Monday, November 7, 2022

Classic Films in Focus: OUT OF THE FOG (1941)

Director Anatole Litvak's Out of the Fog (1941) delivers on the promised atmosphere, with fog heavy piers and dark alleys providing a moody setting for this story of Brooklyn's waterfront working class, but the tone veers away from true noir thanks to the sympathetic and often very funny characters played by Thomas Mitchell and John Qualen. Adapted from a play called The Gentle People by Irwin Shaw, the movie also features compelling performances from John Garfield and Ida Lupino as more typical noir types, with Eddie Albert in a supporting role, but the title of the original work suggests that the characters played by Mitchell and Qualen, two old men who dream only of boats and fishing, are the real protagonists here. Still, Garfield and Lupino fans will find plenty of scenes with the stars to appreciate, and the picture's message about standing up to a bully is a pointed commentary on the looming American entrance into World War II.

Mitchell and Qualen play Jonah Goodwin and Olaf Johnson, two working men who are saving their money to buy a seaworthy fishing boat for a long imagined trip to Cuba. Their dream is threatened when small-time racketeer Harold Goff (John Garfield) forces them to pay protection money for the little boat they already own. Goff also takes up with Goodwin's restless daughter, Stella (Ida Lupino), who chafes at her bland future with boyfriend George (Eddie Albert) and is attracted by the money and excitement Goff offers. With Goff trying to steal both his savings and his daughter, Goodwin becomes increasingly desperate to make a stand against the dangerous gangster. 

Garfield's crook is a grinning menace, bright enough to cause trouble and make himself untouchable by the local law while happily spending his ill-gotten cash. In an especially ironic moment, he uses the money he just extorted from her father to buy Stella a bottle of perfume. Even Stella knows Goff is headed for a violent end, but she likes the excitement of being around him after her humdrum days as a telephone operator and nights on predictably cheap dates with George. Garfield and Lupino don't give us the impression that these two characters share any genuine romance; they're just thrill seekers using each other for their own ends. If they really loved each other this would be an entirely different, and much darker, story because it's clear that nothing good can come out of their relationship. George would undoubtedly be better off with a steadier girl than Stella, especially as a wife, but she doesn't seem any more devoted to him than to Goff. She's a young version of the two older women we see in the picture: her mother, played by Aline MacMahon as a shrill hypochondriac, and Caroline (Odette Myrtil), the domineering owner of the restaurant where Olaf works. Domestic bliss is a myth in this world.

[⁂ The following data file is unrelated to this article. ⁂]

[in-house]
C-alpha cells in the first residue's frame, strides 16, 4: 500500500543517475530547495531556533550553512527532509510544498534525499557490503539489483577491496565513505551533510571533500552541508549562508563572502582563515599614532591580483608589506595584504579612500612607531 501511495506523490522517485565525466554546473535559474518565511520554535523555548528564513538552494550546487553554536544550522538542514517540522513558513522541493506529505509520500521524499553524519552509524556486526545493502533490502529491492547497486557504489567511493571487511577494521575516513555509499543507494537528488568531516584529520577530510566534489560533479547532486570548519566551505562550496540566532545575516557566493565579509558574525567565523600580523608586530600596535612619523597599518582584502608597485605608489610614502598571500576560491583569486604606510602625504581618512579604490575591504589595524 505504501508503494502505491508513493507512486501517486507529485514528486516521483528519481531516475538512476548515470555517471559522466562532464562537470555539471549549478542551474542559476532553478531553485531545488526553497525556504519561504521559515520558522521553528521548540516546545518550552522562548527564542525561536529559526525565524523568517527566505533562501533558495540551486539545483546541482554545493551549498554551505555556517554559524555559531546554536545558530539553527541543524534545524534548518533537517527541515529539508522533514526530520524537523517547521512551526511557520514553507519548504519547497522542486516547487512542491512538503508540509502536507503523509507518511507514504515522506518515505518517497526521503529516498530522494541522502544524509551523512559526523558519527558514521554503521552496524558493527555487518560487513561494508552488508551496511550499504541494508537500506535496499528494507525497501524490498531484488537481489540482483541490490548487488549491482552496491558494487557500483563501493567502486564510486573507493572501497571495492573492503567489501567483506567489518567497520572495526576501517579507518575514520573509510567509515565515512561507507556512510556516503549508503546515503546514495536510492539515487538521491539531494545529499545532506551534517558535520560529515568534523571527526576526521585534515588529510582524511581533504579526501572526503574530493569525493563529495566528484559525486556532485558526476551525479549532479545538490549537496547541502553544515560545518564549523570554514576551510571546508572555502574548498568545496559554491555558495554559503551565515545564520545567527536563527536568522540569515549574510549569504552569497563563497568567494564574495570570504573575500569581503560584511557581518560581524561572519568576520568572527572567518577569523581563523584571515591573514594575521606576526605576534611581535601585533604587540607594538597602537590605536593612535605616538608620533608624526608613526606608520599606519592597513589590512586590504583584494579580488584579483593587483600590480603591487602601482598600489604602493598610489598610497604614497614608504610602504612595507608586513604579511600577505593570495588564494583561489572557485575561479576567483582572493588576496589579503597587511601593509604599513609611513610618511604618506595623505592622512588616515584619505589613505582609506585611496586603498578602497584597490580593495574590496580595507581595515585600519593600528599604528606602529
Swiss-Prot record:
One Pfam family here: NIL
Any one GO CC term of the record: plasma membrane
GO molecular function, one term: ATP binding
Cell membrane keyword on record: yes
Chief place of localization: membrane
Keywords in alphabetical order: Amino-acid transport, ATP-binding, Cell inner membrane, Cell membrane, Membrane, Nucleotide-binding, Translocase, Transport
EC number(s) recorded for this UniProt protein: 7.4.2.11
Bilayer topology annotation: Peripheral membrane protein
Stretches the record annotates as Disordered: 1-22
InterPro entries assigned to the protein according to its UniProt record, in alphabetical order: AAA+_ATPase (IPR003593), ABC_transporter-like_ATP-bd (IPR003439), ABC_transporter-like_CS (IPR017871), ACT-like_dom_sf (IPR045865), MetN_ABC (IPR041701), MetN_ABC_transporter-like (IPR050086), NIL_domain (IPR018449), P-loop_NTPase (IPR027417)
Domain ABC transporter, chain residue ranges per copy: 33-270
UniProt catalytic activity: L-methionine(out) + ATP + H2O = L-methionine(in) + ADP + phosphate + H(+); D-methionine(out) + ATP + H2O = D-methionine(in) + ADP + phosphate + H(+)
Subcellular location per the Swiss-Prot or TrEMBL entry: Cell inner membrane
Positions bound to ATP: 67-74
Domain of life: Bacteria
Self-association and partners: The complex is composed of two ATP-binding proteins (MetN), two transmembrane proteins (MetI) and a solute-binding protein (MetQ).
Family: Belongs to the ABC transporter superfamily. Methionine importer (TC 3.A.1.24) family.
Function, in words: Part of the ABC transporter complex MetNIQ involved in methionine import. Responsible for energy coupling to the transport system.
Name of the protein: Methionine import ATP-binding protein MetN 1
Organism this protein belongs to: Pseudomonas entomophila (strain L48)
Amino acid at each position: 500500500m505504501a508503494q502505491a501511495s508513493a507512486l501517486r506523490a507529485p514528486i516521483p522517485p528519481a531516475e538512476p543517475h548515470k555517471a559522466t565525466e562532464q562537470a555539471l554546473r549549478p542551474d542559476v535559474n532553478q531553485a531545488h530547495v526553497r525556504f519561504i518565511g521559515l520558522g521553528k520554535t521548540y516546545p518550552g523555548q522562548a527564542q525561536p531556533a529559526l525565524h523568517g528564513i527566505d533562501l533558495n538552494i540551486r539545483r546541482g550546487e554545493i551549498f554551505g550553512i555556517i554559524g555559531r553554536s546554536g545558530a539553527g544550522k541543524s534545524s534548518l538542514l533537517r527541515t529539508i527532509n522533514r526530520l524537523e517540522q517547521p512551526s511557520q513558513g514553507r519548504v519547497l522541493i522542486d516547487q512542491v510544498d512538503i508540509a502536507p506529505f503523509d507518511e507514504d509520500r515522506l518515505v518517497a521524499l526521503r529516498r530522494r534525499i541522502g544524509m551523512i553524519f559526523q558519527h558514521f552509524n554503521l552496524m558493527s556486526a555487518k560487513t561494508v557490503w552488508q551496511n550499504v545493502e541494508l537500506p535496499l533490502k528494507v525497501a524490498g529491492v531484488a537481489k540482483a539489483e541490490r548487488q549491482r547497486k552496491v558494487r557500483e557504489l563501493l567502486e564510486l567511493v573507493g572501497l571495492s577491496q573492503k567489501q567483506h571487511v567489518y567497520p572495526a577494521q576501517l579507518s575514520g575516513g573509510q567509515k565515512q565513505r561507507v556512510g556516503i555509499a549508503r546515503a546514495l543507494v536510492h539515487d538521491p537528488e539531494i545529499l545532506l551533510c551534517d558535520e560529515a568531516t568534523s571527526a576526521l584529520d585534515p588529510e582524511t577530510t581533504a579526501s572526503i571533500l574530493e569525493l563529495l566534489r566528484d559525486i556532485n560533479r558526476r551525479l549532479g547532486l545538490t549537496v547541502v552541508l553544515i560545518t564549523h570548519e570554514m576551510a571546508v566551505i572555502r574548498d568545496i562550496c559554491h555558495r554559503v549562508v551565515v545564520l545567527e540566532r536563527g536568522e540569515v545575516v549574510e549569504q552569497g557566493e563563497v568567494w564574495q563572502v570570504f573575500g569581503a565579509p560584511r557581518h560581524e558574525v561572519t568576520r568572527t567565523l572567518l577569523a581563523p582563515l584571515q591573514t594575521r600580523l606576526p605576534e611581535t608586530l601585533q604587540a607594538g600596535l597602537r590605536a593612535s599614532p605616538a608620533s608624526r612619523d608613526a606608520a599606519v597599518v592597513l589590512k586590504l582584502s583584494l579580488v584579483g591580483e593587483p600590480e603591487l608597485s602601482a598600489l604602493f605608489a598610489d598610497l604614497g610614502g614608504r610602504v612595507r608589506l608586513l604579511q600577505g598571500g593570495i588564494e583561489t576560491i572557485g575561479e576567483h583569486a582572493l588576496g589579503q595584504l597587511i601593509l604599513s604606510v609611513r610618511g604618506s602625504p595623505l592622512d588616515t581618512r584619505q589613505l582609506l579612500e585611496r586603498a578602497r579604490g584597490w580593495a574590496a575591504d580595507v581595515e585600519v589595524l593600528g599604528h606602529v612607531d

Counterbalancing the classic noir setup are Mitchell and Qualen as the kindly old men, whose scenes without Garfield generally involve fussing about their boat, dodging their disagreeable women, and debating the merits of making a stand against Goff. Mitchell, a brilliant character actor with iconic appearances in Stagecoach (1939), Gone with the Wind (1939), and It's a Wonderful Life (1946), deftly navigates the shifts between gentle comedy, paternal suffering, and hardened resolution. Qualen acts more as his sidekick but perfectly embodies the cook's mild-mannered, philosophical nature. Given the noir atmosphere of the picture the two seem destined for victimization, but the third act sees them rally against their oppressor, first through the useless court of law and then through their own devices. Throughout the narrative they make an argument to the audience about the importance of pushing back against an insatiable antagonist who only takes more and more if left to operate unchecked. The parallels between Goff and Nazi Germany aren't meant to be subtle, especially with Jonah and Olaf frequently punctuating their conversations with discussions of what America ought to be.

Lupino and Garfield also starred in The Sea Wolf (1941) the same year they made Out of the Fog. Garfield would go on to a particularly memorable noir role in The Postman Always Rings Twice (1946), while Lupino would star in The Man I Love (1946), Road House (1948), and On Dangerous Ground (1951). Thomas Mitchell is easy to find given his prominent roles in some of Hollywood's greatest hits, but look for more of prolific supporting player John Qualen in The Grapes of Wrath (1940), Casablanca (1942), and The Man Who Shot Liberty Valance (1962). Anatole Litvak also directed the noir classic, Sorry, Wrong Number (1948), and earned an Oscar nomination for Best Director for The Snake Pit (1948). Moontide (1942) makes a particularly good follow-up to Out of the Fog because it reunites Lupino and Mitchell in another waterfront noir, this time costarring Jean Gabin and directed by Archie Mayo.

1 comment:

  1. I loved your post, Jennifer, not least because I just started watching this movie a few nights ago on the Criterion Channel. I look forward to returning to it now. Excellent write-up!